February 17, 2005
"When I go out into the garden, I totally forget about everything else," says New Orleans Town Gardener Cathy Pierson, chair of the Tulane Board. "It just draws in my focus 100 percent. To me, that's the greatest gift."
Pierson's organically grown garden includes a mixture of perennials, annuals, citrus, herbs and usually a patch of lettuce and arugula in the winter. "It's a structured garden, but there's room to experiment," says Pierson.
She loves old roses and enjoys starting plants from seed. But day to day, she likes simply to observe what has grown, blossomed or paid an unexpected visit. "Last week, I saw this incredible caterpillar that I've never seen before."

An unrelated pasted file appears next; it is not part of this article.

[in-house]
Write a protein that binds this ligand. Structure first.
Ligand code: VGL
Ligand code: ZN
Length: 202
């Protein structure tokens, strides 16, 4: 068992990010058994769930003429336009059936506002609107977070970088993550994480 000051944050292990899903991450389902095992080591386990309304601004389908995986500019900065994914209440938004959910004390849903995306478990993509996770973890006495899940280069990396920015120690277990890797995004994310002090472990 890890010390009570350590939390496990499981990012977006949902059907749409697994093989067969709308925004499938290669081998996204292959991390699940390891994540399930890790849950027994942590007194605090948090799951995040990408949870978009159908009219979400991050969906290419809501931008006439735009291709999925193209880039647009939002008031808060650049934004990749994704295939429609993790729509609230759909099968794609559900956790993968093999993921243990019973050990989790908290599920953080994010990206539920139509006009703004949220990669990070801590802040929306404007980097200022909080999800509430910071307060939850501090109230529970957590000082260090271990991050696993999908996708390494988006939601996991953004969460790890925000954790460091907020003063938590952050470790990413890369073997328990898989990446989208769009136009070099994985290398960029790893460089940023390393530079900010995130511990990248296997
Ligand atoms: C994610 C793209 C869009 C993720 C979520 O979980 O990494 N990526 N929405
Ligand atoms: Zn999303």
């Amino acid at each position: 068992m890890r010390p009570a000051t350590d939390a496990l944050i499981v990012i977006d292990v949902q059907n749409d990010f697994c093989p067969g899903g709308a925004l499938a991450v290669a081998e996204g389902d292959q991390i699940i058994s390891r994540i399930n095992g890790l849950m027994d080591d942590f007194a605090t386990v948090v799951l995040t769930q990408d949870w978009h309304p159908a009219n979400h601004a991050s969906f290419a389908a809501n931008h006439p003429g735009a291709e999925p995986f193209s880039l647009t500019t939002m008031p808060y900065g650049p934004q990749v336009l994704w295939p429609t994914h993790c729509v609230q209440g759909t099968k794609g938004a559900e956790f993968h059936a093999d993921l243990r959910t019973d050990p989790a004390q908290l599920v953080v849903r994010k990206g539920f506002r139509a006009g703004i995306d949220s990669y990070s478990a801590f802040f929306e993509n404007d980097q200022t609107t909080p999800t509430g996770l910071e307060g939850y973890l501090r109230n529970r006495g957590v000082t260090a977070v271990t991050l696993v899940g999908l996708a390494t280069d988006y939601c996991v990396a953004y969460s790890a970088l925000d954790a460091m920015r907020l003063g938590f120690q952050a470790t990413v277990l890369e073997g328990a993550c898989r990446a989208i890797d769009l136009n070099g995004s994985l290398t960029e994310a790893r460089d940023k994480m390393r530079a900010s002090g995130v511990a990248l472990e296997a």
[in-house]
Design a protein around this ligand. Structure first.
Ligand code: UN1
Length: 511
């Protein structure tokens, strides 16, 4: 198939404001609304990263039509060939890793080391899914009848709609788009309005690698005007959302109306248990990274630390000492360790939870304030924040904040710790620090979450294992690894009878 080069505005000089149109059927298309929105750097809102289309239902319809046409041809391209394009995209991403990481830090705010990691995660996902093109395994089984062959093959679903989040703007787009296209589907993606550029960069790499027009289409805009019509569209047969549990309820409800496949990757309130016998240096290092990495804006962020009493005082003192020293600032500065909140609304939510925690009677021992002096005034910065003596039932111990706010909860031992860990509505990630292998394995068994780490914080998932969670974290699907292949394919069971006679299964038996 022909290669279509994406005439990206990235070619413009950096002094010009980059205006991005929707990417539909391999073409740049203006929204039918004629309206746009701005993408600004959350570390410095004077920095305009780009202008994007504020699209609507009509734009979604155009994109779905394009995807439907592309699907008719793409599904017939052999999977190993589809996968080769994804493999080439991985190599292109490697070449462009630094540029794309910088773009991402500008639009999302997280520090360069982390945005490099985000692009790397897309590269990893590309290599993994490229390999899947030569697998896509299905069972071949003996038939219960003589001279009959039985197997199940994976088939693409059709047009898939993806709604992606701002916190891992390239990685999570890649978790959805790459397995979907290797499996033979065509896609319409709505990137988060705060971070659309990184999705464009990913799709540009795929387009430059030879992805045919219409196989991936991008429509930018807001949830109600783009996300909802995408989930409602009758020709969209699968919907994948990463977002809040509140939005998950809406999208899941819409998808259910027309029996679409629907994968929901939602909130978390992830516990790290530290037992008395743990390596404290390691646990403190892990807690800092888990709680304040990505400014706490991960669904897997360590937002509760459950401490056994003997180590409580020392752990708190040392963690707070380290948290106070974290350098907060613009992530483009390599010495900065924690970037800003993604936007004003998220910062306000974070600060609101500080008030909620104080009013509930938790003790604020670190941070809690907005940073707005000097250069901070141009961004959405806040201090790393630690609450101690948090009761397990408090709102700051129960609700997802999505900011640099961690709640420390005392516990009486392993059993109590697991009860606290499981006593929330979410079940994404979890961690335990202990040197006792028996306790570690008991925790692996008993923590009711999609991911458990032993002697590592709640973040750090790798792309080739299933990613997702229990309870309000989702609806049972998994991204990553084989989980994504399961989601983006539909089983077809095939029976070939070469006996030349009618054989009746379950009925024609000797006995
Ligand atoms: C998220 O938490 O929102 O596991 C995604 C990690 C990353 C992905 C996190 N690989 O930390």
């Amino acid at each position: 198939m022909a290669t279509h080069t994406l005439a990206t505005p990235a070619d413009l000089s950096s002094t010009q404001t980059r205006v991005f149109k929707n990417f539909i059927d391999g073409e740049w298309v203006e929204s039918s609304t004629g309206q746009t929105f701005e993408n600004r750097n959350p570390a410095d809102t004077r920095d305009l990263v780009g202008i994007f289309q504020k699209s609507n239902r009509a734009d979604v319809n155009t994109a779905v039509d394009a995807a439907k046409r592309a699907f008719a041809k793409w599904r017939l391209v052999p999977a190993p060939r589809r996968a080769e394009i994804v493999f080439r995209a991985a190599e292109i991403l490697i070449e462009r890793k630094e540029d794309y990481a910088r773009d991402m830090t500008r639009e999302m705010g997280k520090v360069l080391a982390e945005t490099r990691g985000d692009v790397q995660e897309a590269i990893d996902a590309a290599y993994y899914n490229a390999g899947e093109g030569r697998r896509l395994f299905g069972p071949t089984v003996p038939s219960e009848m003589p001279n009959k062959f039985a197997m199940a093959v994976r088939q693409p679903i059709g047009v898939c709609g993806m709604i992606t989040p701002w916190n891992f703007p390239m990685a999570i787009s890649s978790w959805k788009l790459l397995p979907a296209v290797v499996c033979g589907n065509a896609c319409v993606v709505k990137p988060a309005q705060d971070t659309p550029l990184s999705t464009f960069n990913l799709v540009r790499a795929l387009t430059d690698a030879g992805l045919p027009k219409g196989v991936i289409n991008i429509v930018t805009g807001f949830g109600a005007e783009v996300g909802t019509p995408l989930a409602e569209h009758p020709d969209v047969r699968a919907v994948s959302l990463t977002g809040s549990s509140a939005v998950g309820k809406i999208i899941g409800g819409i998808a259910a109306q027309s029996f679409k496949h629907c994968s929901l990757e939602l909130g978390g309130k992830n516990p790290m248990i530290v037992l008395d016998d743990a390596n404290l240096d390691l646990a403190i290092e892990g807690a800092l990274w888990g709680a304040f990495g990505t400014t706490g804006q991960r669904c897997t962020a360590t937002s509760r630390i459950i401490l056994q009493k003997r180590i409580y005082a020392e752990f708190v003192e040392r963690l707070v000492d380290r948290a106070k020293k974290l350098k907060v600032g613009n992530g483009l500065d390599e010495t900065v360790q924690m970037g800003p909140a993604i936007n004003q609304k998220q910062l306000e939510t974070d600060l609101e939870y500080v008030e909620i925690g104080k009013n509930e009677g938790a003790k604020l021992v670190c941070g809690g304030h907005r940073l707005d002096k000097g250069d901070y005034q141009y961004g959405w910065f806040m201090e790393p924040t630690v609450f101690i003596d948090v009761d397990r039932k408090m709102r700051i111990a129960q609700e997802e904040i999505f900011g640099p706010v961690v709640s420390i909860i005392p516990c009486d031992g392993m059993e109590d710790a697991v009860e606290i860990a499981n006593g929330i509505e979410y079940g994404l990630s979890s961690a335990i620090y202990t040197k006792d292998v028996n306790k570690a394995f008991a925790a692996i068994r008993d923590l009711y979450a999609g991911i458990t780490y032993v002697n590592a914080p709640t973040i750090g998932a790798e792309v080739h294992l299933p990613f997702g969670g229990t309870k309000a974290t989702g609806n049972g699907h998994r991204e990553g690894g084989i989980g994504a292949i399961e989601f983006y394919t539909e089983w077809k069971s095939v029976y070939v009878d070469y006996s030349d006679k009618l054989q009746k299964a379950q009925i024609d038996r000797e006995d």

It's this appreciation of all of life, including the microorganisms, ladybugs, earthworms, butterflies, salamanders, toads, frogs and birds that inspired Pierson's interest in organic gardening. "I think of my garden as a whole -- the soil, the air, the plants."
Taking an organic approach and selecting plants well-suited to New Orleans, Pierson says she's found after 15 years that "you really don't have a lot of bug problems."
She also finds the continuum of gardening to be especially satisfying. "It's not like you reach some level of perfection or you reach some end," she says. "A garden is never complete. There is no such thing as an ending because you're always changing and evolving."
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